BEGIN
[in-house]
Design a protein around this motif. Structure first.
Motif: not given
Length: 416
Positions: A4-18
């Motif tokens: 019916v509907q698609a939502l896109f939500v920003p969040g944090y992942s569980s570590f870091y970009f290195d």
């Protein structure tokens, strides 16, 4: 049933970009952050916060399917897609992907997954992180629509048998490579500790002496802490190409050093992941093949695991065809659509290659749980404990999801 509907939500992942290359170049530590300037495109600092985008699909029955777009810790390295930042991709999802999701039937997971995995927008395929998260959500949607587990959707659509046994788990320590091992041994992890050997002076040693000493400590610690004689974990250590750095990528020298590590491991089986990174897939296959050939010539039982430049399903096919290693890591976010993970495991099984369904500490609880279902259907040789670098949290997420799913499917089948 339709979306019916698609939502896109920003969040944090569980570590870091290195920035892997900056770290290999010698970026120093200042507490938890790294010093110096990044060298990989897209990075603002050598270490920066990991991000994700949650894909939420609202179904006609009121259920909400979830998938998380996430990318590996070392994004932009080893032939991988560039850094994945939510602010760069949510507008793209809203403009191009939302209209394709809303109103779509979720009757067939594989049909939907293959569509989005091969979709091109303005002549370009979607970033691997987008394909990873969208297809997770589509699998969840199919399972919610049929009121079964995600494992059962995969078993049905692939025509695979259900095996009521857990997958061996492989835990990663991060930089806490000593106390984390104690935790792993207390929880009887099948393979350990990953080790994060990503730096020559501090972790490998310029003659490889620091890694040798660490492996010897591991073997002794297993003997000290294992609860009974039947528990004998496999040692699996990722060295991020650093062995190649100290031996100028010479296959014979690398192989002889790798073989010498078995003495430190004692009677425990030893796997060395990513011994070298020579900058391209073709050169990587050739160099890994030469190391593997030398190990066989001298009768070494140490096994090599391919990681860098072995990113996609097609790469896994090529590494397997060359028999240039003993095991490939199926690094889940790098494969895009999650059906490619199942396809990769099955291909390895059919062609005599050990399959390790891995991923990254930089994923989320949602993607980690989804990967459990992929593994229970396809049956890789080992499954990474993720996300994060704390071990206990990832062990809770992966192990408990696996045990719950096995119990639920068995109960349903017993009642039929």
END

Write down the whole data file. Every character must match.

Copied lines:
[in-house]
Design a protein around this motif. Structure first.
Motif: not given
Length: 416
Positions: A4-18
């Motif tokens: 019916v509907q698609a939502l896109f939500v920003p969040g944090y992942s569980s570590f870091y970009f290195d």
């Protein structure tokens, strides 16, 4: 049933970009952050916060399917897609992907997954992180629509048998490579500790002496802490190409050093992941093949695991065809659509290659749980404990999801 509907939500992942290359170049530590300037495109600092985008699909029955777009810790390295930042991709999802999701039937997971995995927008395929998260959500949607587990959707659509046994788990320590091992041994992890050997002076040693000493400590610690004689974990250590750095990528020298590590491991089986990174897939296959050939010539039982430049399903096919290693890591976010993970495991099984369904500490609880279902259907040789670098949290997420799913499917089948 339709979306019916698609939502896109920003969040944090569980570590870091290195920035892997900056770290290999010698970026120093200042507490938890790294010093110096990044060298990989897209990075603002050598270490920066990991991000994700949650894909939420609202179904006609009121259920909400979830998938998380996430990318590996070392994004932009080893032939991988560039850094994945939510602010760069949510507008793209809203403009191009939302209209394709809303109103779509979720009757067939594989049909939907293959569509989005091969979709091109303005002549370009979607970033691997987008394909990873969208297809997770589509699998969840199919399972919610049929009121079964995600494992059962995969078993049905692939025509695979259900095996009521857990997958061996492989835990990663991060930089806490000593106390984390104690935790792993207390929880009887099948393979350990990953080790994060990503730096020559501090972790490998310029003659490889620091890694040798660490492996010897591991073997002794297993003997000290294992609860009974039947528990004998496999040692699996990722060295991020650093062995190649100290031996100028010479296959014979690398192989002889790798073989010498078995003495430190004692009677425990030893796997060395990513011994070298020579900058391209073709050169990587050739160099890994030469190391593997030398190990066989001298009768070494140490096994090599391919990681860098072995990113996609097609790469896994090529590494397997060359028999240039003993095991490939199926690094889940790098494969895009999650059906490619199942396809990769099955291909390895059919062609005599050990399959390790891995991923990254930089994923989320949602993607980690989804990967459990992929593994229970396809049956890789080992499954990474993720996300994060704390071990206990990832062990809770992966192990408990696996045990719950096995119990639920068995109960349903017993009642039929």